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Japan’s film exhibition business, which shut down in mid-April in response to the government’s state of emergency declaration, has begun slowly reopening. Japan is the world’s third largest cinema box office market behind North America and China.

On May 11 the government of Prime Minister Shinzo Abe announced that it was arranging to lift the state of emergency for the 34 prefectures least affected by the coronavirus pandemic. The remaining 13, including Tokyo and Osaka, are still under emergency advisories, which include theater closures, until the end of the month.

Toho Cinemas, Japan’s biggest exhibition chain, has since announced that it will reopen ten of its theaters in the 34 least affected prefectures, on May 15. A handful of independent theaters in these areas are back in business.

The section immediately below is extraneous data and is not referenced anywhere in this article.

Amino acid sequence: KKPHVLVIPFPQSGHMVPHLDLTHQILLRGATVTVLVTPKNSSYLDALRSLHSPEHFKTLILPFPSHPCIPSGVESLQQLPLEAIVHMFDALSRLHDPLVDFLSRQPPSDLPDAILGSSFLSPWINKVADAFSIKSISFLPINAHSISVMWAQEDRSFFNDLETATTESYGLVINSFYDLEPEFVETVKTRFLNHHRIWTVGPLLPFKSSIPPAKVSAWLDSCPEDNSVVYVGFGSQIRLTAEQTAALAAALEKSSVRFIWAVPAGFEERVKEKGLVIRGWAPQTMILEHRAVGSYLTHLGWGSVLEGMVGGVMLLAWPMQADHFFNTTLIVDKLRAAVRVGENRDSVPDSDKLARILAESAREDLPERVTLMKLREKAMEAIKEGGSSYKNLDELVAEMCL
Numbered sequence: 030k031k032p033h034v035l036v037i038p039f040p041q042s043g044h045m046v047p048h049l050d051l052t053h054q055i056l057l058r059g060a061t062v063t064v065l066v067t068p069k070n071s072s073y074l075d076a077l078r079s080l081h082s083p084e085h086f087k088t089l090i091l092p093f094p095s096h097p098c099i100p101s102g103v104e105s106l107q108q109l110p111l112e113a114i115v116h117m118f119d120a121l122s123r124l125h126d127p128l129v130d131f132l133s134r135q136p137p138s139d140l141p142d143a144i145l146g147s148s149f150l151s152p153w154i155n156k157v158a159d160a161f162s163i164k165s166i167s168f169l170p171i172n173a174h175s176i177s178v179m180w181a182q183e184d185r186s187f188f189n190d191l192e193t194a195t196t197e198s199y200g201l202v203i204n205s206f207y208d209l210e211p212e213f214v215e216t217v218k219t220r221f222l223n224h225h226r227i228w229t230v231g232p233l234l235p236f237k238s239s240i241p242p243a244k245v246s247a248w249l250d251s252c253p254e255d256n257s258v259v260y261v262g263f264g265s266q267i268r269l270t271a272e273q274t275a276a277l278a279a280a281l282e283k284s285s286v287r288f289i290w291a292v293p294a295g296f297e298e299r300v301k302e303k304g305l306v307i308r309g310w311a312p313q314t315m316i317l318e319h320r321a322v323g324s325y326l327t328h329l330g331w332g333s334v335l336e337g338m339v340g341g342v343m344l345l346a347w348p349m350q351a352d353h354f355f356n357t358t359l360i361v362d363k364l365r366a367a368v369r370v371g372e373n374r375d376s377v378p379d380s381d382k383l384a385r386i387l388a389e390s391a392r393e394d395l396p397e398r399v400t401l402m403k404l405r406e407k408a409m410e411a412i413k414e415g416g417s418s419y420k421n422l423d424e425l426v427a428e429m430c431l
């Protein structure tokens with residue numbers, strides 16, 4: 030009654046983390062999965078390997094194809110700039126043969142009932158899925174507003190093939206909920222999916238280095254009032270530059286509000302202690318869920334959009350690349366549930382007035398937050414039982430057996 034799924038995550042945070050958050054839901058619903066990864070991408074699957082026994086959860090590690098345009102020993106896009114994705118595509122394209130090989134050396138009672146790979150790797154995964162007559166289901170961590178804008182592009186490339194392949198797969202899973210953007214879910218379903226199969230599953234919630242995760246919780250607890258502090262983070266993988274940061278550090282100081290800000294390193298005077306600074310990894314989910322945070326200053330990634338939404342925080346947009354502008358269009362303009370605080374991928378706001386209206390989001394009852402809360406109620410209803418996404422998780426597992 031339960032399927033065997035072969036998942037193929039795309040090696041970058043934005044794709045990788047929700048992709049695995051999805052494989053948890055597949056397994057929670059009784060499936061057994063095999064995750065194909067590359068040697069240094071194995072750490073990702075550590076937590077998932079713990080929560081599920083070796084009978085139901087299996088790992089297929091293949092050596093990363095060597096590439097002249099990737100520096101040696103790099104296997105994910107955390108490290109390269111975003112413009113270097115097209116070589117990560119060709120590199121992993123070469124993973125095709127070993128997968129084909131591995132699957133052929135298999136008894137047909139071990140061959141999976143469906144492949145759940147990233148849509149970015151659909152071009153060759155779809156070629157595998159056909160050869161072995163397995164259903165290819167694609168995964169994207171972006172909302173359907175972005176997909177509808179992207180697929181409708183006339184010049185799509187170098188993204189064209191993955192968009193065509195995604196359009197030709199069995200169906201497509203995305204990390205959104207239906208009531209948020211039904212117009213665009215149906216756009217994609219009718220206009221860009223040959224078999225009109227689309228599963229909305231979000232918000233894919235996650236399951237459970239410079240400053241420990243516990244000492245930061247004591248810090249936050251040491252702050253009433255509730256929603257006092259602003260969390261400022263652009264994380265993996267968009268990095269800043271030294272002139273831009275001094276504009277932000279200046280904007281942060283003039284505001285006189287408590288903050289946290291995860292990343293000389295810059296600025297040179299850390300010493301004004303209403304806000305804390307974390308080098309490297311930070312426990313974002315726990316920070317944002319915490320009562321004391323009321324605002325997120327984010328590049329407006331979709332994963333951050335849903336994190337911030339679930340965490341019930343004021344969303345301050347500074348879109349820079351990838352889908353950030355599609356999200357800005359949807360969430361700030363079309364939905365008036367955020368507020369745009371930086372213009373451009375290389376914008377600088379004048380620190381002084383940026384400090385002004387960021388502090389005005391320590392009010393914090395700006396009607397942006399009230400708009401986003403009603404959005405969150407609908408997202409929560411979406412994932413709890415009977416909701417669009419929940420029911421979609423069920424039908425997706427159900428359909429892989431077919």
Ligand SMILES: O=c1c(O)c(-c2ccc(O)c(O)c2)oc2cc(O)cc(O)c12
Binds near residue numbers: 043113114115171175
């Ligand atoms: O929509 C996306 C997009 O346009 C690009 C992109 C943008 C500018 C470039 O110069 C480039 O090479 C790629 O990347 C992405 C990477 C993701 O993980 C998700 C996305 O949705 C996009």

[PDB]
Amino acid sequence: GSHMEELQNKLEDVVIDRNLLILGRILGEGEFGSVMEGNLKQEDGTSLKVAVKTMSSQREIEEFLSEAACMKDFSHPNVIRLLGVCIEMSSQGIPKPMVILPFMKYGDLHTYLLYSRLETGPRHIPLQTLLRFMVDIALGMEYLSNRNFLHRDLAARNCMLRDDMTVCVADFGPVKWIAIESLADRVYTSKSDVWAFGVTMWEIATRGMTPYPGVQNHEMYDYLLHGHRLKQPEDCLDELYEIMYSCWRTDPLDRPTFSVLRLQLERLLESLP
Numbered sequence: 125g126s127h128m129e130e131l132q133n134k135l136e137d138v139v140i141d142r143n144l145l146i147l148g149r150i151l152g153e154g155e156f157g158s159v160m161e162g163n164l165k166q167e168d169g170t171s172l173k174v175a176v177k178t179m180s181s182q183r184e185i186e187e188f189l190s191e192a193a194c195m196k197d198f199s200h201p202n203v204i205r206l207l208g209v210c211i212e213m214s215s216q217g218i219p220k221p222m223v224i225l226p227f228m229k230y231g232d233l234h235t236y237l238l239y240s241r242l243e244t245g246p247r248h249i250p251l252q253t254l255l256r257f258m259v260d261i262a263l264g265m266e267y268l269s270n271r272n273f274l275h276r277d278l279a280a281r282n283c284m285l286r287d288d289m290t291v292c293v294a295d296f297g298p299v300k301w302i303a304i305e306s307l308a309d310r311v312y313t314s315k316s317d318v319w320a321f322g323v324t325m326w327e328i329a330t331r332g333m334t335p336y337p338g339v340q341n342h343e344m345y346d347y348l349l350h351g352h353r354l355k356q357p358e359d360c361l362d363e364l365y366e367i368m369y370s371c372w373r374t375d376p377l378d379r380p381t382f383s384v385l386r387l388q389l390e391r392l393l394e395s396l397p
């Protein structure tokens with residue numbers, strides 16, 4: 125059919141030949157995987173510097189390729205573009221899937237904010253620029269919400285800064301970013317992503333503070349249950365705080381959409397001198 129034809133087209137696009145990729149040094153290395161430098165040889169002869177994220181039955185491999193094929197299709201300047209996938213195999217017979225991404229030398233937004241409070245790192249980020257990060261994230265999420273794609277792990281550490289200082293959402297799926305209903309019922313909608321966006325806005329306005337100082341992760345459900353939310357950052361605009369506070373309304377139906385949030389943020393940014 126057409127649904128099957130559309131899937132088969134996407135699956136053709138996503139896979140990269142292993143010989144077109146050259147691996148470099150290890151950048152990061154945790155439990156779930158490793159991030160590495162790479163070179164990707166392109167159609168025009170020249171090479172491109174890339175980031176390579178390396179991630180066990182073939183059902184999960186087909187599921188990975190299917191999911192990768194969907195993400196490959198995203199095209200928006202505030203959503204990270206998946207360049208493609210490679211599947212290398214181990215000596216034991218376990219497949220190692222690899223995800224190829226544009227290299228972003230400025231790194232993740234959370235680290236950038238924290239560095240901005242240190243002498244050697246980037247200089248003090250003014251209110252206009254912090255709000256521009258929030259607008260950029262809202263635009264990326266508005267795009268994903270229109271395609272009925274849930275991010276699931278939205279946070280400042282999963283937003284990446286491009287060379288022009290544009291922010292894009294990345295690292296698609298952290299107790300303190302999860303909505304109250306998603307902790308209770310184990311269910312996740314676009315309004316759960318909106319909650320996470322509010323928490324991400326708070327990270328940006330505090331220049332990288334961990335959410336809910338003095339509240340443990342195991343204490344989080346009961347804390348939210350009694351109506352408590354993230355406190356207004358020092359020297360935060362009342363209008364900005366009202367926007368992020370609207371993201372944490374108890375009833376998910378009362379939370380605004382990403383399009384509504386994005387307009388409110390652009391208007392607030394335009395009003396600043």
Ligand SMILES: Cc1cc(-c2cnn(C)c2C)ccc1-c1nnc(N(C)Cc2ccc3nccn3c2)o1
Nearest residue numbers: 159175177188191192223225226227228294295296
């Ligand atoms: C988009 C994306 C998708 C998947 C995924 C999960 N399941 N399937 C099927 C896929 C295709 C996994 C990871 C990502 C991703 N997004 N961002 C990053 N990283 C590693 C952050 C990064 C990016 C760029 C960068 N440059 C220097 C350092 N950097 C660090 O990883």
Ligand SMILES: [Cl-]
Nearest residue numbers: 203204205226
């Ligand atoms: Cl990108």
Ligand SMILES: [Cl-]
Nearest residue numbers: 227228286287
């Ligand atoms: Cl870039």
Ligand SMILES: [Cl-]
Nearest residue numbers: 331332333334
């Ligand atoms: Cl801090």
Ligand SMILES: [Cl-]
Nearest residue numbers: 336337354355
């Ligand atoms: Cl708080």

On Wednesday, another big chain, Aeon Cinemas, also announced a partial reopening. A total of 27 Aeon multiplexes in 16 prefectures will open their doors starting on May 18.

On April 16 Aeon shut down 92 theaters in 35 prefectures and cities, including Tokyo.

Both Toho and Aeon are taking measures to protect the safety of theater-goers, such as requiring all staff to wear masks, providing hand sanitizer at theater entrances, using clear plastic screens to limit interactions with staff, and spacing assigned seats to maintain social distancing.

The programming of the reopened theaters is still a work in progress, with no screening schedules listed yet on the Aeon and Toho sites. The release of all new films has been postponed, including major Hollywood and local titles, though opening dates for some have been announced through the summer months.